Monday, 23 May 2016

BSBI Summer Meeting: the final day

Botanists at the Summer Meeting
Image: Dave Barlow
Here's the final report from this year's BSBI Annual Summer Meeting and it sounds as though it's been a great success. Three cheers for Organiser and Field Meetings Secretary Jon Shanklin, who found time to send through daily updates as well as co-ordinating everything on the ground.

"The final day - numbers had dropped, but there was still a good crowd at breakfast, many saying goodbye for now. Where were the posters? - in the studio (thanks Geoffrey). Had anyone left anything in the communal rooms - yes -  I'd left my box of id books!  

A Dog-Violet spotted during the Summer Meeting
Image: Natalie Harmsworth
So finally time for a bit of morning recording. I had two passengers to take to Penrith, and Phil Brown wanted to see a bit more, so we went to a square half way there. We did part of the village first, picking up several aliens, then along a green lane with a view to making a circular walk. 

Surprisingly there were quite a few introduced species along the track, but we then spied a small old quarry in a field. Phil vaulted over the drystone wall, but the rest of us went a bit further down the lane where the wall had collapsed to give easy access. 

The quarry had lots of nice limestone grassland species, including Rock Rose and Small Scabious. A bit further down the track we had Vaccinium myrtillus, so clearly the geology was quite complex. Around a corner we found a marshy area, then further up a hill remains of a lime kiln and pits.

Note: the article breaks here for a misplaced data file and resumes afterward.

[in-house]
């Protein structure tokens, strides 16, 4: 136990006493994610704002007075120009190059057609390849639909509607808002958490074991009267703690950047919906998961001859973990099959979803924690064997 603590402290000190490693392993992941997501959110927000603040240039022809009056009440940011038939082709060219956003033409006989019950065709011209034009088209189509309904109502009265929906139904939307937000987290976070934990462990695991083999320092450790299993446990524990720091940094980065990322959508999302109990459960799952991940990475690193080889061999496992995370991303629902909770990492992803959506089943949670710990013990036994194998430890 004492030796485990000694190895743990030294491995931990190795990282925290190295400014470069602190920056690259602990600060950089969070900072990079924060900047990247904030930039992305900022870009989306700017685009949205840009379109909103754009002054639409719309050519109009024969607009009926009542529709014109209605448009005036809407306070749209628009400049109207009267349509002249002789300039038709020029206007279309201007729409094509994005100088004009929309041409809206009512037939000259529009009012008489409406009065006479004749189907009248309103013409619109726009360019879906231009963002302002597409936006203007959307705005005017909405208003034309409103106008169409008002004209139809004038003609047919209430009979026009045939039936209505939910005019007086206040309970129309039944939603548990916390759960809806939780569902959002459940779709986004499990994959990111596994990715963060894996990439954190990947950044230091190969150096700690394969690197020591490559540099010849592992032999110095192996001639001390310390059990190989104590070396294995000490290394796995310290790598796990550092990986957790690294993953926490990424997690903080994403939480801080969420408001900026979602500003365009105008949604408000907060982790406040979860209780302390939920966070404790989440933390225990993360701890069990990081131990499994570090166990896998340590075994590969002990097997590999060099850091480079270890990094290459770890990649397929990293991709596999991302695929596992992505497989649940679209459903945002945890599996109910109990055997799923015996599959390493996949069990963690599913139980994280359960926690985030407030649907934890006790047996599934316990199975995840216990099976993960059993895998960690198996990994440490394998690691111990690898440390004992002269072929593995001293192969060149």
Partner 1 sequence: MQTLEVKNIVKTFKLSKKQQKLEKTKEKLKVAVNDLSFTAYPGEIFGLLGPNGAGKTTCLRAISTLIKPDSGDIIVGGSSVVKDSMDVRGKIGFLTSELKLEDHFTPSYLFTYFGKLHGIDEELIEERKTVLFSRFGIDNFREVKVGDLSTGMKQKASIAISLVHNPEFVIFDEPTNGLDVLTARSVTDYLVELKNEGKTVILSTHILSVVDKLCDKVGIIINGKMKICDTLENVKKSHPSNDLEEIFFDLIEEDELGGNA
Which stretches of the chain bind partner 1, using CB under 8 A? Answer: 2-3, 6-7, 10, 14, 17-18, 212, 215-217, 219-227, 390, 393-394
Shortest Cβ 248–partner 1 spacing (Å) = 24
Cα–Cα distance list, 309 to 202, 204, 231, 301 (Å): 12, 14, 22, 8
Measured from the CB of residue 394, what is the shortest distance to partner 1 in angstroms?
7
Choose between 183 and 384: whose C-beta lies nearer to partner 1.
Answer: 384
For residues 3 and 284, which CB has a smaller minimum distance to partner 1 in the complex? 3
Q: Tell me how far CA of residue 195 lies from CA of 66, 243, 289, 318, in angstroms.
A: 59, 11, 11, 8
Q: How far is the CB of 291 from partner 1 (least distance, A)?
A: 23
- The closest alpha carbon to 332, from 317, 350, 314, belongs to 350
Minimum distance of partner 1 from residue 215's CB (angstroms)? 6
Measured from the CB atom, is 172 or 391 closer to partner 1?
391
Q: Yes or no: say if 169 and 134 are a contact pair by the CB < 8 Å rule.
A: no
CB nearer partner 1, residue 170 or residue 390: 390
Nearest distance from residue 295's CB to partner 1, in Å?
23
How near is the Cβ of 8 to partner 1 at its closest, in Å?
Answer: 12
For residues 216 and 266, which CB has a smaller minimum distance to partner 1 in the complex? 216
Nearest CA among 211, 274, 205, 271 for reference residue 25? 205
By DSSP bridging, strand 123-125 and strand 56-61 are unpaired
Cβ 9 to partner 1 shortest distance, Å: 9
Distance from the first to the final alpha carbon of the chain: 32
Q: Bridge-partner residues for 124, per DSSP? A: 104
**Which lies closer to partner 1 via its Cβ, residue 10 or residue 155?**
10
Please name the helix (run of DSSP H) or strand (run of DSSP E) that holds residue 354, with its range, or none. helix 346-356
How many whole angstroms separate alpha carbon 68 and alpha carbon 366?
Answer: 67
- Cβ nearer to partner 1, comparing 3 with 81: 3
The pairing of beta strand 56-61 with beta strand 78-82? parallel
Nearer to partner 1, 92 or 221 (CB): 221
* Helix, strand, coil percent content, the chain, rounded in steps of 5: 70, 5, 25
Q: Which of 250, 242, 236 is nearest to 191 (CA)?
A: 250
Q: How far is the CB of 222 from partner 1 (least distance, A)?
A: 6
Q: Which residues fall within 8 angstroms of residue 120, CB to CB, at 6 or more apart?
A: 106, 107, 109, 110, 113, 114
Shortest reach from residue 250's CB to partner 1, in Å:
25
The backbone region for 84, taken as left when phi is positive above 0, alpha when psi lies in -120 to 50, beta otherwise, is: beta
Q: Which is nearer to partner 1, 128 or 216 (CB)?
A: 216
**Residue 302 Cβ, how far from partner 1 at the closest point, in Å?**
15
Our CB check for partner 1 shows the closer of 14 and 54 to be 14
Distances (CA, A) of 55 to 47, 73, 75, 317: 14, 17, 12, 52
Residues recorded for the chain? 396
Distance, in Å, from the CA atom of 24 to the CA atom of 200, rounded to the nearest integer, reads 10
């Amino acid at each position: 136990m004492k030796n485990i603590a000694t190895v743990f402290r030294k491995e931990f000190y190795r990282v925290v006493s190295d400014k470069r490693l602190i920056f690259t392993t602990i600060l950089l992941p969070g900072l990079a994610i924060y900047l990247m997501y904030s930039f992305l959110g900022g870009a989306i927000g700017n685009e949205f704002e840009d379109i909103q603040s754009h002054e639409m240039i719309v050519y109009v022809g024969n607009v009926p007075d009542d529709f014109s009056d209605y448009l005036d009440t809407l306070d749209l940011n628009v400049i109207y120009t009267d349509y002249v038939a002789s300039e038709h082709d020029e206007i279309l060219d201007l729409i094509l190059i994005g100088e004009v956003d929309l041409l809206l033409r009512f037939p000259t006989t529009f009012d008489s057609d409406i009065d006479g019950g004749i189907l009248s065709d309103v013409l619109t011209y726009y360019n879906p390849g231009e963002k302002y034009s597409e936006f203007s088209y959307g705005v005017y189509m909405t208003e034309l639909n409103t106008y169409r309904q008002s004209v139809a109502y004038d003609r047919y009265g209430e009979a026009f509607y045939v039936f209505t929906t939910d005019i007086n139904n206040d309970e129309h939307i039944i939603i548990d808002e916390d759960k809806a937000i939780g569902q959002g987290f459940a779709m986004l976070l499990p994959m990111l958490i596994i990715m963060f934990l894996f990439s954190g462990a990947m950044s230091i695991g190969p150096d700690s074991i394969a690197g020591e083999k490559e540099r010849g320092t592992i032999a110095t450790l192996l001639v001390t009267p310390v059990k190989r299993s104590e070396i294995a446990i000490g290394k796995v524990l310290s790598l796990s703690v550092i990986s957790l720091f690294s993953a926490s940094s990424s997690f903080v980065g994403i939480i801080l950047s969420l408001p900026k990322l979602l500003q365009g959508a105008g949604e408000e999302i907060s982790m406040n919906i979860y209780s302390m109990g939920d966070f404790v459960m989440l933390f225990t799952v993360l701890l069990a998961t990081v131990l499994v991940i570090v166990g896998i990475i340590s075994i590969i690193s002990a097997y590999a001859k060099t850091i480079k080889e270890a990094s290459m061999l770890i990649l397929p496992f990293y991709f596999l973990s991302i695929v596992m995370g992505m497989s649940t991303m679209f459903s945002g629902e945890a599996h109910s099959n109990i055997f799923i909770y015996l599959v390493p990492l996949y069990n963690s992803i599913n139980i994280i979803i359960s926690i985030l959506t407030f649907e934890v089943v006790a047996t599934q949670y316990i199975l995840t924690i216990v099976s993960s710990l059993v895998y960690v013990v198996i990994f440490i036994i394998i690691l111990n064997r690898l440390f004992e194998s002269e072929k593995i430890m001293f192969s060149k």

Botanists heading home from a
Summer Meeting fieldtrip
Image: Dave Barlow
This seemed a good place for lunch, but Phil hadn't brought any, so was sent off to explore another promising marshy area. By the time we had finished he came back with a handful of goodies, such as Menyanthes trifoliata and Vaccinium oxycoccos. 

Given the time it had taken to get this far, it seemed prudent to return directly if the passengers were to catch the train, however the return was far faster, and we had time to walk down a lane to a beck, where Phil grabbed a new plant for him - Berula erecta. We weren't expecting much from the tetrad and it just shows that even something that looks pretty dull on the map can have a host of nice species.

The workshops were very popular
Image: Dave Barlow
We made it to the station with enough time to spare, and then I journeyed back to Chester for a bit of relaxation (probably a spot of gardening and some more local recording in Flintshire or Denbighshire), before completing the journey back to Cambridge.

For me it has been an exhausting event, with barely a moment to relax, so I never saw the Red Squirrels that live at Blencathra, and only had a ten minute walk round the grounds this morning (but I did add 10 species to the site list that we had been compiling). We were lucky with the weather, with only one wet morning. We had some great scenery as a back-drop to our botanising, and for many a host of new plants to see. 

Leaving behind some great scenery!
Image: Natalie Harmsworth
Everyone learned a lot, from beginners to experts (I must read the keys more thoroughly!) and we all enjoyed the experience. Thanks to all for coming, and for making it such a successful event. A full report will appear in the BSBI Yearbook (LM: this is available to BSBI members only).


Hopefully many members will come to other BSBI field meetings over the summer, to the AEM at Wallingford in the autumn and to next years ASM, which might be in North Wales. If you do, you will meet a great crowd of people and have a really enjoyable time".